On another exam-related matter, I participated on the Exam 6 International Task Force, which set the vision and path for a new exam offering, one that not only assists in Building Skills for the Future, but also helps address Pillar 3: Expanding Globally.
In addition to my depth of experience with the exam committee, I have breadth of experience. I have worked as both a company actuary and a consultant. I have run projects across reserving, pricing, and valuation dimensions. I have worked for clients both in the US and abroad. I am the opining actuary for one large company with $1 billion in reserves and one small company with just $2 million in reserves. My volunteer experience includes writing ASOPs and principles, chair of a research committee, and helping put on the CAS’s first ever webinars.
In addition to my desire to help the CAS and my relevant experience, this is a good time for me personally to help. With my tenure as exam committee chair completed and my youngest child starting college in August, I have the free time necessary to devote to the Board.
I know that some people join the Board because they have a specific issue they are looking to fight for. That is not me. I do not have passion for one particular issue – my passion is for logic.
I believe in setting goals for clearly-stated reasons, and establishing well-vetted plans to achieve those goals. I believe in transparency regarding such plans to get the buy-in from stakeholders. I believe in learning from past mistakes and improving on past performance. Those are the types of things I am passionate about.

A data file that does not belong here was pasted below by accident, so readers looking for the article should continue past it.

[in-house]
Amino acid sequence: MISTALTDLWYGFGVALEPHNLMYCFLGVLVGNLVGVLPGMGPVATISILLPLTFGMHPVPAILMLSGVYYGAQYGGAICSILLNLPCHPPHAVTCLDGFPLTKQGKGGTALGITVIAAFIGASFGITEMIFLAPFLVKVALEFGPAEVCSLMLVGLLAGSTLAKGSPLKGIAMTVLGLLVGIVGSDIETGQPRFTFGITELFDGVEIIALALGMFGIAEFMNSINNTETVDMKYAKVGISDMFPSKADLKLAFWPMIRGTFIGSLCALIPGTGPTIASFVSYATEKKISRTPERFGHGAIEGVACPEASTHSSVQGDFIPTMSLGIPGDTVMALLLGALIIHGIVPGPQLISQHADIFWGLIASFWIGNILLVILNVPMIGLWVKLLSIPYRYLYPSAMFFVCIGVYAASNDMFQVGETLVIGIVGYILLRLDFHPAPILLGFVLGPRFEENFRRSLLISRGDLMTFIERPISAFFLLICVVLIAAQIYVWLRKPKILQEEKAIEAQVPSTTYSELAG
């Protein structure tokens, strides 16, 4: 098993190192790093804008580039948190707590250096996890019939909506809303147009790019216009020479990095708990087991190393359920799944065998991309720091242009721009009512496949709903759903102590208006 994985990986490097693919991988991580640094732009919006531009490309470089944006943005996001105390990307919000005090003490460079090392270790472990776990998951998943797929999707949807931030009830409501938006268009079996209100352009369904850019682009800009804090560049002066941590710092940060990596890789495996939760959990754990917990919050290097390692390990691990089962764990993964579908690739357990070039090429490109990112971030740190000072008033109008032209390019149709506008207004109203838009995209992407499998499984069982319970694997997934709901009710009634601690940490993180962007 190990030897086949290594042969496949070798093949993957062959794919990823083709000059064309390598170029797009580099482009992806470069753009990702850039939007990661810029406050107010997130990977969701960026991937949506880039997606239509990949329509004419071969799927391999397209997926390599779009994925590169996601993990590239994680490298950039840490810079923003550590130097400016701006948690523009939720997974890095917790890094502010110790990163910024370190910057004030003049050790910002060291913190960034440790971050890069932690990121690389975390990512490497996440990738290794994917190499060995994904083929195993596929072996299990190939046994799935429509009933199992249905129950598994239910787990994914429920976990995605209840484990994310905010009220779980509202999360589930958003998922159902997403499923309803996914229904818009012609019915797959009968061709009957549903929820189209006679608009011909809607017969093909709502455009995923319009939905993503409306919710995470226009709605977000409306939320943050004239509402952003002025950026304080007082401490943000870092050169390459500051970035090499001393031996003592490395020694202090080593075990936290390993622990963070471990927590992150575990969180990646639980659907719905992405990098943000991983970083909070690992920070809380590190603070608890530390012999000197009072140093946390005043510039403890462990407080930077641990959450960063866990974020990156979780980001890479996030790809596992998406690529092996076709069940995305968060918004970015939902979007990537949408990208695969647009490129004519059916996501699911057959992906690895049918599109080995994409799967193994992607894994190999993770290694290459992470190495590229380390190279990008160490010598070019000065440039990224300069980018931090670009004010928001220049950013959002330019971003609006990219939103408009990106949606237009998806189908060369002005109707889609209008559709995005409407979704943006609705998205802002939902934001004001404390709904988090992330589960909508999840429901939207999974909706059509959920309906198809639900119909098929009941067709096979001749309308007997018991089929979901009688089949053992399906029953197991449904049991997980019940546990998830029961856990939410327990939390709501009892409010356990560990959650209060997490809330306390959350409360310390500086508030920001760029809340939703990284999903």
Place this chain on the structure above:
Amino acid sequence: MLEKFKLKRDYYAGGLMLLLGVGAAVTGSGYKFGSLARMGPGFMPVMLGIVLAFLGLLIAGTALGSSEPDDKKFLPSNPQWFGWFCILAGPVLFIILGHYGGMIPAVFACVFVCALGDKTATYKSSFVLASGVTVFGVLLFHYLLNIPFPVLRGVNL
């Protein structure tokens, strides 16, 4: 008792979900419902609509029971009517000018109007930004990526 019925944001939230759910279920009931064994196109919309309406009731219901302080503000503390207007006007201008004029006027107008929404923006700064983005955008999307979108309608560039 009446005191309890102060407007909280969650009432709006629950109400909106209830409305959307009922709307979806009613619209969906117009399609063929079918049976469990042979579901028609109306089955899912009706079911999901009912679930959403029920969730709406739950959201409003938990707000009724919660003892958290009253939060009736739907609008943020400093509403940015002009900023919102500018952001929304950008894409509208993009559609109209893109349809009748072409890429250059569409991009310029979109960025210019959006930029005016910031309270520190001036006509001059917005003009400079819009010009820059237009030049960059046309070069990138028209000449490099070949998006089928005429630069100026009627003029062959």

For better or worse, that devotion to logic affects all aspects of my life. When my kids are excited that they scored a 99 on a test, I ask them about the 1% they got wrong to avoid that mistake from reoccurring. When my team at Milliman is happy they completed a project for a client, I ask them how we can do it more efficiently next time. That is just my nature – rather than stop to celebrate successes, I focus on what I think is the logical path – what did we learn from this, and how can we do better next time.
I’ve brought that logic to bear as a CAS volunteer. At the start of my 3-year term as Chair of the Syllabus & Exam committee, my first job was to help clean up the mess that arose from the CAS’s first attempt at giving exams electronically. We had to quickly put together and enact a plan to re-test a thousand candidates around the world, which we did successfully (with the help of a lot of you). (We also had backup plans in place, and backup plans for the backup plans, but thankfully none were needed!) Another challenge was to redesign and reintroduce computer-based testing to enable our candidates to take exams in the middle of a pandemic – we learned from the past and did that successfully. And over the course of my tenure as chair, I stressed the need to improve the clarity of questions asked on our Fellowship exams, and candidate survey responses bear out that transpired, with average ratings for clarity for those exams improving 40% from 2018 to 2019 and another 18% from 2019 to 2020 (and similar increases in ratings for the overall quality of these exams).
I’d like to bring my same passion for logic to the Board.
I will come to the Board with open eyes and an open mind, with no pre-conceived notions of what I want to change. Only that I want to do my part to improve things in a logical way, to help the CAS follow through with its Strategic Plan and achieve its Envisioned Future.